List Comprehension and Lambda functions


A quick guide to understand how to use them and their differences in Python

To understand list comprehension, we must first understand how we traditionally loop through any particular collection/data structure.  When we think of a data structure, we are generally thinking about either a list, dictionary, tuple, or set (all of which are built into Python). Each element has its own location in memory, and we store all of the memory location pointers inside the data structure (assigning it an index value, or key for dictionaries). It’s important to note that we can also loop through string data types as they are essentially a collection of characters. Python allows us to loop through anything that is an iterable object, or an object that belongs to a class containing the __iter__() method. We can see if an object is iterable by running a simple print(dir(variable))), this will print all of the associated methods of the object/data type we are working with. Below you will see that a set is indeed iterable (method is highlighted):

nums = {1, 2, 3, 4, 5, 6, 7}
print(dir(nums)) # running the dir() function on the nums set

“””here is a just a part of the output”””

['__and__', '__class__', '__class_getitem__', '__contains__', '__delattr__', '__dir__', '__doc__', '__eq__', '__format__', '__ge__', '__getattribute__', '__gt__', '__hash__', '__iand__', '__init__', '__init_subclass__', '__ior__', '__isub__', '__iter__',

So now that we know we are able to loop through this object, lets go over  3 different, but common for loops that we can perform on the new nums list.

nums = [200, 700, 1200, 980, 430]
# gives us just the value
for i in nums:  
# gives us just a number/index
for i in range(len(nums)):  
# gives us the index and the value
for index, value in enumerate(nums):  
    print(index, value)
 0 200      
 1 700
 2 1200
 3 980
 4 430

Whenever there is a case when you need the index number and the element, please utilize enumerate, and furthermore, avoid the range() style for loop. Perhaps there is a scenario where we need to perform a certain action, or calculation on the elements in our list, while also appending them to a new list. For example, we want to square  each value in our list (if they are integers/floats) or perhaps we want to concatenate some extra text to a list of string data types. This would require at the least three lines of code, and this is where list comprehension comes into play.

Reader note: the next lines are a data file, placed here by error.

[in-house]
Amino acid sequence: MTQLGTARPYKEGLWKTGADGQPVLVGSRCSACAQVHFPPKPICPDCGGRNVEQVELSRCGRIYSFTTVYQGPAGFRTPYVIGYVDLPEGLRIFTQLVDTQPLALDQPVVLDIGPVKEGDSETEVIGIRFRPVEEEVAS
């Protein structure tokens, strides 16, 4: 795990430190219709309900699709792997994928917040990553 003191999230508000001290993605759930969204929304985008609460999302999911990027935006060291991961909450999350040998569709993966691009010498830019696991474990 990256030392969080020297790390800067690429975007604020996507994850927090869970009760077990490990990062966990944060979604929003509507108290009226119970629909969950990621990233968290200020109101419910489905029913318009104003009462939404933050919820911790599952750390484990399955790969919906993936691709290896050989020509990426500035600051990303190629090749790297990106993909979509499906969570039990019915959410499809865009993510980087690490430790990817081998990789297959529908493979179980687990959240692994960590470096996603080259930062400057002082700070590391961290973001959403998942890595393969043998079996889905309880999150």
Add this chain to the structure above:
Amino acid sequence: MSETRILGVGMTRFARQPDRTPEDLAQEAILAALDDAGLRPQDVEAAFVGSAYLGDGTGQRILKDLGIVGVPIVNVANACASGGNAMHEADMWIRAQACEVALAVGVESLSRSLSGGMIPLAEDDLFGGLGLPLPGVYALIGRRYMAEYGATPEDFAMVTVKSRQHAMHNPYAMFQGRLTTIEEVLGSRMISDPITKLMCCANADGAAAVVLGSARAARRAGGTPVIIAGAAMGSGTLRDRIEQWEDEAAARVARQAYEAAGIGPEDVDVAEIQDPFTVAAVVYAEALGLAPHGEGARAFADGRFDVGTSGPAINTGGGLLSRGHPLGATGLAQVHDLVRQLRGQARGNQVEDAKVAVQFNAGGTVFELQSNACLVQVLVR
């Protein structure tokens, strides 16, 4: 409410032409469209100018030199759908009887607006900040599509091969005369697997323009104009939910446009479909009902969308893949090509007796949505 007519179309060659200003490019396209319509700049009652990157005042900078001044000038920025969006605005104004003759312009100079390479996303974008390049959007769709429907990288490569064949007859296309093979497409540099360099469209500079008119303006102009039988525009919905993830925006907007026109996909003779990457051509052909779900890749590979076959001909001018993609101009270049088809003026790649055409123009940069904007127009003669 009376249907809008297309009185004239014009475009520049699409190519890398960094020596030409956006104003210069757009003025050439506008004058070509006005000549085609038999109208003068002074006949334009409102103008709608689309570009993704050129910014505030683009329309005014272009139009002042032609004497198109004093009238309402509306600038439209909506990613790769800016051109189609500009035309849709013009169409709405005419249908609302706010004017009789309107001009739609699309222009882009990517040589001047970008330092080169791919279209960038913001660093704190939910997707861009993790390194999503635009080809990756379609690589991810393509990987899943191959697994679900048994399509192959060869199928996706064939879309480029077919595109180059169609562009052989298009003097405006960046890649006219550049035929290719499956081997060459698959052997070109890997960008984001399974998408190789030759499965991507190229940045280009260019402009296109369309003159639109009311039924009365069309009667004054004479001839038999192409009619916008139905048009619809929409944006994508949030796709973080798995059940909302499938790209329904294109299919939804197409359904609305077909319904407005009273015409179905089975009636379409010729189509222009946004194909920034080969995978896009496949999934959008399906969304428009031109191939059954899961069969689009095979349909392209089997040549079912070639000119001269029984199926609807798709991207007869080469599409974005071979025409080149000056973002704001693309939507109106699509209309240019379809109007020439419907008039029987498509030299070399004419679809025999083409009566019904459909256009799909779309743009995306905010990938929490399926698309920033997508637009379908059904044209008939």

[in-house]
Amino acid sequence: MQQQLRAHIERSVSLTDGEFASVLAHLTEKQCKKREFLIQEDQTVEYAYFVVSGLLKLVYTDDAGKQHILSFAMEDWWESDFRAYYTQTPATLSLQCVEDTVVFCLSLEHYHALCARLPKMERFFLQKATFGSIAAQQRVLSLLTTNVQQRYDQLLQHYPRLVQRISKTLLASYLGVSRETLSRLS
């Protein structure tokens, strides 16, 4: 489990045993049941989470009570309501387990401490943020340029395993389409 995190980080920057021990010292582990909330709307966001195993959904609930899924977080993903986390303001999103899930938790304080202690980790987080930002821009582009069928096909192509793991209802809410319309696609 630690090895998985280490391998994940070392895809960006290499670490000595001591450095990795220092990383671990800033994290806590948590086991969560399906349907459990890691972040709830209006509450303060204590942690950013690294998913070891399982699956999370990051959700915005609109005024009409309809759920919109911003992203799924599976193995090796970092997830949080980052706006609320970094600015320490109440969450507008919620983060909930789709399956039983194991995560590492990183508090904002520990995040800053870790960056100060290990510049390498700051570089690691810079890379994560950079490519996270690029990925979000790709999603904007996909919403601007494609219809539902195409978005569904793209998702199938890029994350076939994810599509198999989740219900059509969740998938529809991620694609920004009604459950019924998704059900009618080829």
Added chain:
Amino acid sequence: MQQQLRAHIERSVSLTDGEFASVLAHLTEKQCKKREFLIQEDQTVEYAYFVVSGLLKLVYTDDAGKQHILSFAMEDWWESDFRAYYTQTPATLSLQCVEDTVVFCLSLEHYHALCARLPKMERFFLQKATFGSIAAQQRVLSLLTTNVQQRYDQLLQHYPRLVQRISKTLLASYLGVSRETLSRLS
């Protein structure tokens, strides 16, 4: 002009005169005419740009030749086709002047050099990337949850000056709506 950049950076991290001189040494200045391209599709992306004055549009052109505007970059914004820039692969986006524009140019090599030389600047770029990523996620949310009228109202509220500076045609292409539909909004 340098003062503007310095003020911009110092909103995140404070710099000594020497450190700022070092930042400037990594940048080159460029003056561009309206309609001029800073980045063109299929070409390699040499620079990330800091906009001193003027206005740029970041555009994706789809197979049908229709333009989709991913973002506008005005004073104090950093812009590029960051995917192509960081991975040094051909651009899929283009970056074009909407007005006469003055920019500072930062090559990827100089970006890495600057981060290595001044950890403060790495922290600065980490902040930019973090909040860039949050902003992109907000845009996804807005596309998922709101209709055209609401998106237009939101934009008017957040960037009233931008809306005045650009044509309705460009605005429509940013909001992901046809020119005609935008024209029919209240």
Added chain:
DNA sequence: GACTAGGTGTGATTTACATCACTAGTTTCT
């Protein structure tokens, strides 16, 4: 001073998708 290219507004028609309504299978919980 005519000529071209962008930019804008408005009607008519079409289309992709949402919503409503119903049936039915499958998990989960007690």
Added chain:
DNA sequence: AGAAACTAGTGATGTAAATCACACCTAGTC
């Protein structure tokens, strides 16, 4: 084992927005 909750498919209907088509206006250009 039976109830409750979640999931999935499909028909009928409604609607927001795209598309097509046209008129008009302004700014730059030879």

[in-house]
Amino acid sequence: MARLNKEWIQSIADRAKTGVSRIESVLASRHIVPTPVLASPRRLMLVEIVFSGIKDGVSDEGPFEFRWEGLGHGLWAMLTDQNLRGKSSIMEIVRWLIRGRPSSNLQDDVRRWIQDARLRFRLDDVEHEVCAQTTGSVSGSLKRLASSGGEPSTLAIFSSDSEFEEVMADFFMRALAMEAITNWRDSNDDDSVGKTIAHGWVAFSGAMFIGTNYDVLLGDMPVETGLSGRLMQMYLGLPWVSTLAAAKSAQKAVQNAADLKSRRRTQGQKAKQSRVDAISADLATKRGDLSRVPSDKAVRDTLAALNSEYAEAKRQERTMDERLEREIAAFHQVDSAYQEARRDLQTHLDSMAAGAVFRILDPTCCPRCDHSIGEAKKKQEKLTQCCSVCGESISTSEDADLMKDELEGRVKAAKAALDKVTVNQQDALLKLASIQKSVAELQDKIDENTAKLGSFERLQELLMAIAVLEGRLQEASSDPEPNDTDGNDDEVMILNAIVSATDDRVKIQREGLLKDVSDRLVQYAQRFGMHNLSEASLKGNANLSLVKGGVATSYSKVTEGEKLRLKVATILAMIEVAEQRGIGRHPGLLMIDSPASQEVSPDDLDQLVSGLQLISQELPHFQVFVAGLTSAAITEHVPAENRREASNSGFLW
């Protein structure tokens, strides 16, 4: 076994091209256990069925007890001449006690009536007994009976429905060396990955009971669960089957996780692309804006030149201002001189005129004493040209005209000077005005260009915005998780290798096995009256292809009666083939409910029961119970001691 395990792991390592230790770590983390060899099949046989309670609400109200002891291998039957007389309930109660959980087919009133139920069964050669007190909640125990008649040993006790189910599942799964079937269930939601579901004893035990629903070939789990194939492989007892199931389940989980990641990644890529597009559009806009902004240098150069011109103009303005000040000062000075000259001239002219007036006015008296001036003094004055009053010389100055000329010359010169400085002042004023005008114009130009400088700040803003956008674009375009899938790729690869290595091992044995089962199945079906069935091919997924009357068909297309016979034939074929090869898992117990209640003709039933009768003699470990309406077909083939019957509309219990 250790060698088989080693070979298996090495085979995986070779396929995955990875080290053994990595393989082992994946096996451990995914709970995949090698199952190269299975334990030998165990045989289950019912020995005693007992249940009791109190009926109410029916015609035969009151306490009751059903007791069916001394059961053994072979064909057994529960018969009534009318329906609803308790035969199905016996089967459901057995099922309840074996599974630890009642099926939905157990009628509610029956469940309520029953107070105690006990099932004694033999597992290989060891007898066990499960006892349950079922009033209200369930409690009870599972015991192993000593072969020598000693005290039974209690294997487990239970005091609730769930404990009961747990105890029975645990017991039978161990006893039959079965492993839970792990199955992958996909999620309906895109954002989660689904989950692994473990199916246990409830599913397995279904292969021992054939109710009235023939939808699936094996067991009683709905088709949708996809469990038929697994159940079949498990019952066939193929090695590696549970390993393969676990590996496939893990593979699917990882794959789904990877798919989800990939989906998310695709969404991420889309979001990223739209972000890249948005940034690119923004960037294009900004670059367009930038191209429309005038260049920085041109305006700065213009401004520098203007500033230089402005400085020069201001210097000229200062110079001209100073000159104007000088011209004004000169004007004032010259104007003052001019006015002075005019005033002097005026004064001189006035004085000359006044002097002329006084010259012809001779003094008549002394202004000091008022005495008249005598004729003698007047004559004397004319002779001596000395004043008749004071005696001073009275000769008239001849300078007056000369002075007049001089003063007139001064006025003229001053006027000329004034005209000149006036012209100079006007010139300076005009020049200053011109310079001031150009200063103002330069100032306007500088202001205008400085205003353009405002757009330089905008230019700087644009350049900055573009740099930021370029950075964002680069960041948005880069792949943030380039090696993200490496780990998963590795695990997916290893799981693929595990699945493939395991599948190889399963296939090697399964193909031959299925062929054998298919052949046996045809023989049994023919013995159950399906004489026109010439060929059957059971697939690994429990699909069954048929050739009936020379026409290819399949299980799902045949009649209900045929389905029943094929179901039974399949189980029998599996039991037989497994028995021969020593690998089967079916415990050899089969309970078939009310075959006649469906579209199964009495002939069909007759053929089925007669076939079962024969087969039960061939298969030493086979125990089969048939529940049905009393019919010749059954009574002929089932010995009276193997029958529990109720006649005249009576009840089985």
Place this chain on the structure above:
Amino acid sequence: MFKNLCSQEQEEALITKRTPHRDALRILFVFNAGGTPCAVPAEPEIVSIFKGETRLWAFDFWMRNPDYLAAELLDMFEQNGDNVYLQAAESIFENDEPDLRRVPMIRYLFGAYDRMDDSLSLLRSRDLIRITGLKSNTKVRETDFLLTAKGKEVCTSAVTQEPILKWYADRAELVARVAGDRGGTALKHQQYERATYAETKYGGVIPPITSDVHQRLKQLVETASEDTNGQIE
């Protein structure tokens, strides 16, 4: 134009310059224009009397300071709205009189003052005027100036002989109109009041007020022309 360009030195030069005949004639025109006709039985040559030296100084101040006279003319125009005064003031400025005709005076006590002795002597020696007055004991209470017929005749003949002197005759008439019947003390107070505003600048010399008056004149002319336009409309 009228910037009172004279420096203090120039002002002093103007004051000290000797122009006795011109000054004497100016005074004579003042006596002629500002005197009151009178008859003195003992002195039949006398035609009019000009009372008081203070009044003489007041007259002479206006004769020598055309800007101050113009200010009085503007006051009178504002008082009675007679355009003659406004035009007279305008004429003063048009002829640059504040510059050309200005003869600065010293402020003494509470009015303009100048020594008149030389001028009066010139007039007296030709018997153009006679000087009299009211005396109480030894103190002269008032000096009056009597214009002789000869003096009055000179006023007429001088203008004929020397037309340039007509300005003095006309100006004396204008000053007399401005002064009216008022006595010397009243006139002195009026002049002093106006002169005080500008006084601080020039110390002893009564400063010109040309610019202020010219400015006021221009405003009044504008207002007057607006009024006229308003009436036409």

Let us look at performing this action without list comprehension, and then with list comprehension included.

# original list (we will perform action on its elements)
nums = [200, 700, 1200, 980, 430]  
# empty list to be populated with nums elements squared
nums2 = []  
for i in nums:
     nums2.append(i * i)

We can see that at the very least it takes three lines of code to perform this task, and that’s without any conditions (which will increase our lines of code even more!).
Lets reduce this down to one line of code by using list comprehension:

# original list (we will perform action on its elements)
nums = [200, 700, 1200, 980, 430]  
# list with "for" loop inside of it
nums2 = [i * i for i in nums]  

This is a huge difference, and because list comprehension is quite popular in the Python community, many would argue that it increases the readability of the code . What’s amazing is that we can include some minor conditionals all in the same line. But we must understand that one conditional/if statement must go after we declare the for loop, and two conditional statements must go before the for-loop declaration. We cannot use an elif statement, only if/else.

# original list (we will perform action on its elements)
nums = [200, 700, 1200, 980, 430]  
# only perform task if i is greater than 700 (1 condition belongs at the end)
nums2 = [i * i for i in nums if i > 700]  
# (2 conditions)
nums2 = [i * i if i > 700 else i * 3 for i in nums]  

What is lambda function?

We have discussed list comprehension, but now we must address lambda functions. A lambda function is a more anonymous function, meant to be used for a task and then thrown away. Generally, lambdas are used for functions that take another function for an argument. The lambda allows us to write a function directly into the call of another function. Two very popular functions that accept lambdas are map() and filter().  Let us take a quick look at the difference between a function and a lambda:

def add(x, y):
   return x + y

add = lambda x, y: x + y

You may notice that lambda does not require the return keyword, which is because it automatically returns the expression after the colon: these are more like 1 liner’s (although some developers use nested lambda functions). Time for us to implement a lambda inside of a map function.

numbers = [12, 90, 67, 13, 45]

print(list(map(lambda x: x ** 2, numbers))) 
# returns  [144, 8100, 4489, 169, 2025]

Above you can see an example of map where we perform exponential math on every value inside of the numbers list, then we convert the map to a list, and lastly, we print the list. Remember that the inner most function works first (excluding the lambda). We should now take a look at using lambdas with a filter function (which will evaluate each element and return if true, otherwise return nothing or false). For filter to work properly we need to utilize a Boolean expression with our lambda function versus a mathematical expression.

numbers = [12, 90, 67, 13, 45]

print(list(filter(lambda x: x > 45, numbers))) 
# output 
[90, 67] 

# We add conditionals to a lambda
print(list(filter(lambda x: x if (x > 45) else (x < 13), numbers)))
[90, 67, 45]

To be clear lambdas are useful, but this looks very similar to a list comprehension. List comprehensions are more pythonic and easier to read.


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